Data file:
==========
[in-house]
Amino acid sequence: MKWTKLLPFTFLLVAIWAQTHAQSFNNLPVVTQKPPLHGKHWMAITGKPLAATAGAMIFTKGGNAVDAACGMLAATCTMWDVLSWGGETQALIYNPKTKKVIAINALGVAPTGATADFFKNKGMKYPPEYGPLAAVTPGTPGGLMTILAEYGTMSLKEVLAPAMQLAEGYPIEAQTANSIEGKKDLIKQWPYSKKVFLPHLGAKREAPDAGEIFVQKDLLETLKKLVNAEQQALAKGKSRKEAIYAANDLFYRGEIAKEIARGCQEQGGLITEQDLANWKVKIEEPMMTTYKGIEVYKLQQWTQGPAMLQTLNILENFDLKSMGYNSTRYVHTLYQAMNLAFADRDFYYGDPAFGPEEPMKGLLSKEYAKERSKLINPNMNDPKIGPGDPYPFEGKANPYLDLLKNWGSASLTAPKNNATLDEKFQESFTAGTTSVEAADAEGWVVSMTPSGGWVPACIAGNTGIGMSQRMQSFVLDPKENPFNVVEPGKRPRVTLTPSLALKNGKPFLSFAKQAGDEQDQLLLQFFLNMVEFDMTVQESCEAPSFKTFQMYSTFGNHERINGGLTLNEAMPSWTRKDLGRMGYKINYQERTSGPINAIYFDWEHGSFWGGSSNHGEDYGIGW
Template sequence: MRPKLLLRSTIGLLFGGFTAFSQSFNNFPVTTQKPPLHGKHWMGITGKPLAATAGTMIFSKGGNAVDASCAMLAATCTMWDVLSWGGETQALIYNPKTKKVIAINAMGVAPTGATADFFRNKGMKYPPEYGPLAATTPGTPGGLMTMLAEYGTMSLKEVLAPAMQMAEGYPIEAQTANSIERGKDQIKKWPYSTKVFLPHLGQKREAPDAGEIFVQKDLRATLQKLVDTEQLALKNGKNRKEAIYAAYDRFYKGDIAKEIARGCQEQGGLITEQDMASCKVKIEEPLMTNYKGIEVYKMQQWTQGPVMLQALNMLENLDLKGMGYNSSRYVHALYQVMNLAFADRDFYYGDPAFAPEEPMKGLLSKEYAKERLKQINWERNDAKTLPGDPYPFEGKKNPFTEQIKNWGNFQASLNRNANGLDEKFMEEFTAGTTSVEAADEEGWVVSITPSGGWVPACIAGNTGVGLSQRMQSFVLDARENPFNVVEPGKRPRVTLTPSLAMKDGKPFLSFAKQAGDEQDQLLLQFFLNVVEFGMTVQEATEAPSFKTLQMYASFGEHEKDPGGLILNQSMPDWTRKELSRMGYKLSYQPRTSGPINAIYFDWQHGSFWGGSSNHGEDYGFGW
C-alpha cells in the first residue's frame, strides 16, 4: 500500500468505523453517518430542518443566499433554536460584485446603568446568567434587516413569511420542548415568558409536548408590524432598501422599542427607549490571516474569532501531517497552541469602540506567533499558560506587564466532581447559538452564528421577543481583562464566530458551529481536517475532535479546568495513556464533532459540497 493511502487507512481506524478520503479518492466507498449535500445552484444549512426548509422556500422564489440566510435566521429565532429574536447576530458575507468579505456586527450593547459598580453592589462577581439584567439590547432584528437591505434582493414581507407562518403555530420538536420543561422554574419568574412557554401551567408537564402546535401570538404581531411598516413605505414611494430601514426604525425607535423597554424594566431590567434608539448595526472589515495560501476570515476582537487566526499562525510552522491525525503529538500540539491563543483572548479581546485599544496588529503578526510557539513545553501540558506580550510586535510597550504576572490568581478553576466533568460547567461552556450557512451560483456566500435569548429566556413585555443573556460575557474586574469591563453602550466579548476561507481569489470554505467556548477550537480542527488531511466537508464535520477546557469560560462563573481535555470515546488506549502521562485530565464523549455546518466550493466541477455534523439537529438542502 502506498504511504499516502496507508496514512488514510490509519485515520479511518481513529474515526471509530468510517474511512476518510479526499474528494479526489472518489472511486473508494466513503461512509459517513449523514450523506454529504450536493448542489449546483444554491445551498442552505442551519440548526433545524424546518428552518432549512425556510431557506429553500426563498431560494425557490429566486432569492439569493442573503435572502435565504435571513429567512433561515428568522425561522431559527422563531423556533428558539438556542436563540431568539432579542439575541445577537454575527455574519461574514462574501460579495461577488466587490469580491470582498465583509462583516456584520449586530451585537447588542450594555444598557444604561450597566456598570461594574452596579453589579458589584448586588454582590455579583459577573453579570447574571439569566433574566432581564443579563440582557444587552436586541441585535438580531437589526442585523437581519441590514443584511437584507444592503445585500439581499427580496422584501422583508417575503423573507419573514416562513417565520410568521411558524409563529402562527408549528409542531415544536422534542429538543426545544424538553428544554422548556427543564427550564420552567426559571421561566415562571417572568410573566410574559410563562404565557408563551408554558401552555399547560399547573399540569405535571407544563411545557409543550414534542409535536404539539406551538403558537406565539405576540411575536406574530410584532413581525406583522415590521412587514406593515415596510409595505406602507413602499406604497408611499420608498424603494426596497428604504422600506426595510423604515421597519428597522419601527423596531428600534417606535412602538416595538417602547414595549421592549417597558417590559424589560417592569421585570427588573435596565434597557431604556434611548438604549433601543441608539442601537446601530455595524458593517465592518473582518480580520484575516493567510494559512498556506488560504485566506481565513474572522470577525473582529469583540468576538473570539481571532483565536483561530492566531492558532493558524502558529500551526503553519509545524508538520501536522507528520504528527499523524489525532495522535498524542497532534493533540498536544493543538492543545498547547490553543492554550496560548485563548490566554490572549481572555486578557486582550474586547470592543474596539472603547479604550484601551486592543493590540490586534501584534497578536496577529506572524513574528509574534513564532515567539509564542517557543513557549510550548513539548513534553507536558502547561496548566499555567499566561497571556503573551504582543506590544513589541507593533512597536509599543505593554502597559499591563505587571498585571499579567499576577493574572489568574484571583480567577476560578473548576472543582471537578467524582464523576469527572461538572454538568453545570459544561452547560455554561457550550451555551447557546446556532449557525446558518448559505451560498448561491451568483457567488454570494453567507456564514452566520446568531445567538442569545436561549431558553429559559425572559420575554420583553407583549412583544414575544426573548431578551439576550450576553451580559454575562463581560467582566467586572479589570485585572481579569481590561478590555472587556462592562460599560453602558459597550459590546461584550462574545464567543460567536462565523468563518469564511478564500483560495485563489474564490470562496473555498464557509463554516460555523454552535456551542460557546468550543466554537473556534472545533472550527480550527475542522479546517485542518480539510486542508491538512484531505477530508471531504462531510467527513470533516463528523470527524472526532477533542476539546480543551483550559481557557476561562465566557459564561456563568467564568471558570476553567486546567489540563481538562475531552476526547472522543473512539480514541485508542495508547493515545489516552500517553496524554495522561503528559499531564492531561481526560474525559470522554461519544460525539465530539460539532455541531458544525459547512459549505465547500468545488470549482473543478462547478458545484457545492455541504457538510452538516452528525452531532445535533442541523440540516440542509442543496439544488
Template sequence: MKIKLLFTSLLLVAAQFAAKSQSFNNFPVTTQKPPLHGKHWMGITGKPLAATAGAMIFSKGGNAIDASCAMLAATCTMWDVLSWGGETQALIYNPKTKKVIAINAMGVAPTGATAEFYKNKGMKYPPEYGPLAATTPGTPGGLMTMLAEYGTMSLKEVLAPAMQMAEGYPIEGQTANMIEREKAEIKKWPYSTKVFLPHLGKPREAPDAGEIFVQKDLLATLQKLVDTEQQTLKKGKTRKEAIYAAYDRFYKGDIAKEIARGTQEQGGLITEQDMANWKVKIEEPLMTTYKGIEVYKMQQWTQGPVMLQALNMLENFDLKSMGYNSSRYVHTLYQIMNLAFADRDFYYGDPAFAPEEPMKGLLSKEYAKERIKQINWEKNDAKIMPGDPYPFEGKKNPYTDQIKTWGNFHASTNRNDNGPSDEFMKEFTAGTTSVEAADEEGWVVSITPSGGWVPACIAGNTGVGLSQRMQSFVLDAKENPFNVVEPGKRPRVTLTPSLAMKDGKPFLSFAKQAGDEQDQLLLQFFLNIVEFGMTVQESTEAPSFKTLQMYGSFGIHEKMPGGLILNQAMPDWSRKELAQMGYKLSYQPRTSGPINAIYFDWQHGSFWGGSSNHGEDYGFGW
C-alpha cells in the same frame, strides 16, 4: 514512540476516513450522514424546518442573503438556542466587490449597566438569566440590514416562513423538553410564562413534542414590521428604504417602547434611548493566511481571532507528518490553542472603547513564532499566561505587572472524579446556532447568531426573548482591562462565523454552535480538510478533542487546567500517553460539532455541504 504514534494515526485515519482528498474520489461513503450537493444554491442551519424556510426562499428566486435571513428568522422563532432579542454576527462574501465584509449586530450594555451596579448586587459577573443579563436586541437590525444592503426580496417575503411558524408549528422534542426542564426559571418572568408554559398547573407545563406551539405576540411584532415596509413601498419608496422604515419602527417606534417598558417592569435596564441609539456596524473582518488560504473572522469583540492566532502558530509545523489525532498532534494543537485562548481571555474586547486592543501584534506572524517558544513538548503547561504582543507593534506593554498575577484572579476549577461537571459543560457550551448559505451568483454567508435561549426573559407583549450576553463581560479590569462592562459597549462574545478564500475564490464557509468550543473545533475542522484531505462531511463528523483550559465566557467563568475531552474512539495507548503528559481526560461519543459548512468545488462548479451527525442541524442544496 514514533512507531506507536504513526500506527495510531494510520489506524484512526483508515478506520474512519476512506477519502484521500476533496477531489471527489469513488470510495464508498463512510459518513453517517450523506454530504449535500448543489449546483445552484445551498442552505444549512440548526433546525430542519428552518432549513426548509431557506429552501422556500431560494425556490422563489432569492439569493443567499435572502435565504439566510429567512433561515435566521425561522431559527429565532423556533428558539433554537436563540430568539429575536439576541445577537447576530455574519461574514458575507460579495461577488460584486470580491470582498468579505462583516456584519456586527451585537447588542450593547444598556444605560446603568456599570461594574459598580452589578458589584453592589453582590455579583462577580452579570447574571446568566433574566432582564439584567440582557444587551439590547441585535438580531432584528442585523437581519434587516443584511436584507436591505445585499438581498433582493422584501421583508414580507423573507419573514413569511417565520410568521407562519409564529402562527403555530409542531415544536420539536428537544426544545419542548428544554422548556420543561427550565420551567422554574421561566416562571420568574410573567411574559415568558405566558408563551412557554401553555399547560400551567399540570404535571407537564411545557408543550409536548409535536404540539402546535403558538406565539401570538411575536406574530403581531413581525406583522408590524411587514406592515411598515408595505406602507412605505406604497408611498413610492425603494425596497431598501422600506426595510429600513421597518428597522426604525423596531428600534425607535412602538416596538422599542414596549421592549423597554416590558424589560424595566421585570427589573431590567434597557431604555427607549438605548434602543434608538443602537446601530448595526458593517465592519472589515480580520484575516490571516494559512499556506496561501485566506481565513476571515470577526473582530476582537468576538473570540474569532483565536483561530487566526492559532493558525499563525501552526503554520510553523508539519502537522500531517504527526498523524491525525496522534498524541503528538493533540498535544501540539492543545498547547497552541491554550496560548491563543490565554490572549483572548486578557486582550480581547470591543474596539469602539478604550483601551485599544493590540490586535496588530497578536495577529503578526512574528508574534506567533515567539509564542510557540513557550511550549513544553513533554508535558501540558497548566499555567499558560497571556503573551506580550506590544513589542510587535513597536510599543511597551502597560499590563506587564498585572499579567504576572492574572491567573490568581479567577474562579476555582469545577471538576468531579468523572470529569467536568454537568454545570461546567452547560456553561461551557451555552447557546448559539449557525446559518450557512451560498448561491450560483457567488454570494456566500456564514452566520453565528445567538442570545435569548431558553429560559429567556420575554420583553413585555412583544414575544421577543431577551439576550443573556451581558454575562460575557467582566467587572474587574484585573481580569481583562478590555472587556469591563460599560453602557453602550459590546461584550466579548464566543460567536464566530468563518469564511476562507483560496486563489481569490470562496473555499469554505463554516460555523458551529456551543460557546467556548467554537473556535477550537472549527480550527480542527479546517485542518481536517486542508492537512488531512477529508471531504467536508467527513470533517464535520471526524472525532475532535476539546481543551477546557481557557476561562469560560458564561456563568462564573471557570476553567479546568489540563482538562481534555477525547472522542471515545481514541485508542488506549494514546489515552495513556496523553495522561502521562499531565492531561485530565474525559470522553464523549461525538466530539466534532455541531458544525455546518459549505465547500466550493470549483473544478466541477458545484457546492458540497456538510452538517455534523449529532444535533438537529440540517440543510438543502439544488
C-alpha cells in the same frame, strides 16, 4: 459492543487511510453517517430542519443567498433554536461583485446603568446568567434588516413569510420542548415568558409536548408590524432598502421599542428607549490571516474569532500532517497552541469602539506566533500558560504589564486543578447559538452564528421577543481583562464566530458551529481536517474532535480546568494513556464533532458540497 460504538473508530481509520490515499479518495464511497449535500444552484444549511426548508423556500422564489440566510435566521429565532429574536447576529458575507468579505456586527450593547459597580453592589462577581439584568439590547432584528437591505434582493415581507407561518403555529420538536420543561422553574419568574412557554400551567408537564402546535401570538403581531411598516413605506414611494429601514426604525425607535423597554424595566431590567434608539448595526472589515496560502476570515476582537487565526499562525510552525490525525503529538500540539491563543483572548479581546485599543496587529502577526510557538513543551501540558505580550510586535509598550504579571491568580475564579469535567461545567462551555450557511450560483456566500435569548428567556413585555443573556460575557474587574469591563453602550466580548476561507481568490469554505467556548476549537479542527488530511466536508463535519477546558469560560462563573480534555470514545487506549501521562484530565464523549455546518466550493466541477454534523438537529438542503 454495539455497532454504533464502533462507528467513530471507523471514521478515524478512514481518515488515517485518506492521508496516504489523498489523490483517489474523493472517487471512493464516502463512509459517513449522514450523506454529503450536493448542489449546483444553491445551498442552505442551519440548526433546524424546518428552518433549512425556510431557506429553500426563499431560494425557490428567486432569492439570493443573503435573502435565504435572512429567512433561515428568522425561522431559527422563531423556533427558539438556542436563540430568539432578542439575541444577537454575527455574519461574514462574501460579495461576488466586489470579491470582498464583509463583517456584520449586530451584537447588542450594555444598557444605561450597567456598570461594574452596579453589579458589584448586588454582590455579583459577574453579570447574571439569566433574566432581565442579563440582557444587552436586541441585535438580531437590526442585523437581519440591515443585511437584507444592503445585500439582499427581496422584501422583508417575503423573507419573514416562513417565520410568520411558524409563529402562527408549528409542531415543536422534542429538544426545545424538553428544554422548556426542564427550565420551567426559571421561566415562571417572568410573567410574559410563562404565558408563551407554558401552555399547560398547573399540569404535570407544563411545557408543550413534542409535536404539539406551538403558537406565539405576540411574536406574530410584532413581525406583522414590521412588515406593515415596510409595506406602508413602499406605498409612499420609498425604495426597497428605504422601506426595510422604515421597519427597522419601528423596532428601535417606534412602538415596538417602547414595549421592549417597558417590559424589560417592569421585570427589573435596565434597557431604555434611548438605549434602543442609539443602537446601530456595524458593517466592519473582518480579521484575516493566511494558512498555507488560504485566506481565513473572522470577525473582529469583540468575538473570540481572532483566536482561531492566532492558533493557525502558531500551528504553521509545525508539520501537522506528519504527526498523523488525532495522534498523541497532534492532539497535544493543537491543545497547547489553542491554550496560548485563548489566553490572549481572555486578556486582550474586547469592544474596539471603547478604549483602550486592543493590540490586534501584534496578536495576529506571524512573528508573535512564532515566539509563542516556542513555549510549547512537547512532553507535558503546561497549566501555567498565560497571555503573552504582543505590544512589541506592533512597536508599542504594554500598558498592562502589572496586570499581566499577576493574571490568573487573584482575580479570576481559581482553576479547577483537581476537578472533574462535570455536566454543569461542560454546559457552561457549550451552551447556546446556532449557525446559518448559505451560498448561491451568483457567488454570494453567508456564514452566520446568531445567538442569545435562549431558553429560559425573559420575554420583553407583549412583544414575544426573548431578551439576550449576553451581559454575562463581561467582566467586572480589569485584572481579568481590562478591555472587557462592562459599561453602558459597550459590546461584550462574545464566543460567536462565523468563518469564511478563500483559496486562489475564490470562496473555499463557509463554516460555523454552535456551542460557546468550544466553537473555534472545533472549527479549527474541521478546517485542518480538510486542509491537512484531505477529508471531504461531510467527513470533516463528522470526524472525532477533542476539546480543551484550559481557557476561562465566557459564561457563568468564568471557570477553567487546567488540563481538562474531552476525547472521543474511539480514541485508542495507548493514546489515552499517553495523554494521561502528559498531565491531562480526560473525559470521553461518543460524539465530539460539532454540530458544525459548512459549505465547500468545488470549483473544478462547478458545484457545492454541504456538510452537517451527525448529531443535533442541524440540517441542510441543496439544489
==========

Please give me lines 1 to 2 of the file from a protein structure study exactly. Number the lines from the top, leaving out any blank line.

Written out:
[in-house]
Amino acid sequence: MKWTKLLPFTFLLVAIWAQTHAQSFNNLPVVTQKPPLHGKHWMAITGKPLAATAGAMIFTKGGNAVDAACGMLAATCTMWDVLSWGGETQALIYNPKTKKVIAINALGVAPTGATADFFKNKGMKYPPEYGPLAAVTPGTPGGLMTILAEYGTMSLKEVLAPAMQLAEGYPIEAQTANSIEGKKDLIKQWPYSKKVFLPHLGAKREAPDAGEIFVQKDLLETLKKLVNAEQQALAKGKSRKEAIYAANDLFYRGEIAKEIARGCQEQGGLITEQDLANWKVKIEEPMMTTYKGIEVYKLQQWTQGPAMLQTLNILENFDLKSMGYNSTRYVHTLYQAMNLAFADRDFYYGDPAFGPEEPMKGLLSKEYAKERSKLINPNMNDPKIGPGDPYPFEGKANPYLDLLKNWGSASLTAPKNNATLDEKFQESFTAGTTSVEAADAEGWVVSMTPSGGWVPACIAGNTGIGMSQRMQSFVLDPKENPFNVVEPGKRPRVTLTPSLALKNGKPFLSFAKQAGDEQDQLLLQFFLNMVEFDMTVQESCEAPSFKTFQMYSTFGNHERINGGLTLNEAMPSWTRKDLGRMGYKINYQERTSGPINAIYFDWEHGSFWGGSSNHGEDYGIGW